Five journalists among dozens killed in twin Afghanistan blasts
At least 25 people, including five journalists, died in two explosions on Monday morning in the Afghan capital Kabul, according to government officials.
The first blast took place at around at 8 a.m. local time in the Shashdarak area of the city, where the US embassy and Afghan government buildings are located, prompting journalists to rush to the scene.
The second explosion came as an attacker, disguised as a cameraman, detonated explosives at the site of the initial explosion, Kabul City Police spokesman Hashmat Stanikzai told CNN.
Five journalists from different news media outlets died in the attack, according to Najib Sharifi, director of the Afghan Journalists Safety Committee.
French news agency Agence France Presse confirmed that its photographer Shah Marai was among the dead.
The agency said Marai joined AFP as a driver in 1996, the year the Taliban seized power, and in 2002 he became a full-time photo stringer, rising through the ranks to become chief photographer in the bureau.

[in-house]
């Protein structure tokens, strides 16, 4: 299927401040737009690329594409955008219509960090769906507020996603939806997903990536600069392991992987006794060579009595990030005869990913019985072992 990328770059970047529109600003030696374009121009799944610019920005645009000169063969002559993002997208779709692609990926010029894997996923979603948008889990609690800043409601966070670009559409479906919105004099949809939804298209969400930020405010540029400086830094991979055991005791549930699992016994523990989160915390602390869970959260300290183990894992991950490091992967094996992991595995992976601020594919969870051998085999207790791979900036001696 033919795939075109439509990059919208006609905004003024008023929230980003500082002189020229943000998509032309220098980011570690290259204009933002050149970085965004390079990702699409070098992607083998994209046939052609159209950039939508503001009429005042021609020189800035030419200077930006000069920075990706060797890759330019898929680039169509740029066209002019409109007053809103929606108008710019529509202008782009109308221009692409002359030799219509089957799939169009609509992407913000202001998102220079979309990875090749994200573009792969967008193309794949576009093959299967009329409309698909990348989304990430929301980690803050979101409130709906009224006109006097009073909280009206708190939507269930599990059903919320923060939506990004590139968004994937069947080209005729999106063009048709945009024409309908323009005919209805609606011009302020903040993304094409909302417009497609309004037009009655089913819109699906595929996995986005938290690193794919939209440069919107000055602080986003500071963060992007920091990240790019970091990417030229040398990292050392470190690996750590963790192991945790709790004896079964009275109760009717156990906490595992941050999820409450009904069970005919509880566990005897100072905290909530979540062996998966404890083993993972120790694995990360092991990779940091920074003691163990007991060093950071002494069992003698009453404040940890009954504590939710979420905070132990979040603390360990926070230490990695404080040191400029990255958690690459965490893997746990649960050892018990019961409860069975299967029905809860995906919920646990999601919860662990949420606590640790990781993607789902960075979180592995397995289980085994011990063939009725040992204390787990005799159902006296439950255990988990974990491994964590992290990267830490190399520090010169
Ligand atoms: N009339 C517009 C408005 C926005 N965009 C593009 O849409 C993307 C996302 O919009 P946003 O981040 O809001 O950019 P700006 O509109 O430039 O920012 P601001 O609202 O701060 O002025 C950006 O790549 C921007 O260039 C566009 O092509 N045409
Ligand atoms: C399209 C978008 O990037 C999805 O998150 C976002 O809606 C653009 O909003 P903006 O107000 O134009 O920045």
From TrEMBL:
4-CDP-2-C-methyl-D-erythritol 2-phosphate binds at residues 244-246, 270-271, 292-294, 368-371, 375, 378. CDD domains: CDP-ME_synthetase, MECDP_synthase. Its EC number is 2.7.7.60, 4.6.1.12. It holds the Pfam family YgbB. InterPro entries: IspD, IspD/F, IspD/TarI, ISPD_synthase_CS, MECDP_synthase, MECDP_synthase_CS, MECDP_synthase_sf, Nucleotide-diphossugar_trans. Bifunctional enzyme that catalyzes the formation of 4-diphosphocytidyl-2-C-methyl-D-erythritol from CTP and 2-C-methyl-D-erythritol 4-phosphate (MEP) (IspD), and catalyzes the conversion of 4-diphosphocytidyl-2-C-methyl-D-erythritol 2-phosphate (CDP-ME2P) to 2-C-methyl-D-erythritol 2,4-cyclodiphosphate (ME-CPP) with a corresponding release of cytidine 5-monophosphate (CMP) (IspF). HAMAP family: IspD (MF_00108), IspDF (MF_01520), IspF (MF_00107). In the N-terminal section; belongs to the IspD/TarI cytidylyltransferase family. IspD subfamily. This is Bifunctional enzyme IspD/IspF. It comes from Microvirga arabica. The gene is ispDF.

He leaves behind six children, including a newborn daughter, AFP said.
A further 45 people were injured in the two incidents, and have been taken to city hospitals, according to
Ministry of Public Health spokesman Wahid Majroh.
The site of the explosion was close to NATO’s Afghan headquarters, the US embassy and Afghan government buildings, including the Presidential palace, the Defense Ministry and the headquarters of Afghanistan’s intelligence services.
US Ambassador John Bass condemned the attack.
“I condemn today’s terrible Kabul attack (and) reaffirm our commitment (to) stand with the Afghan people in their fight for peace (and) security across Afghanistan. We mourn for those murdered, including the brave journalists who stand for truth in the face of violence,” he wrote on Twitter.
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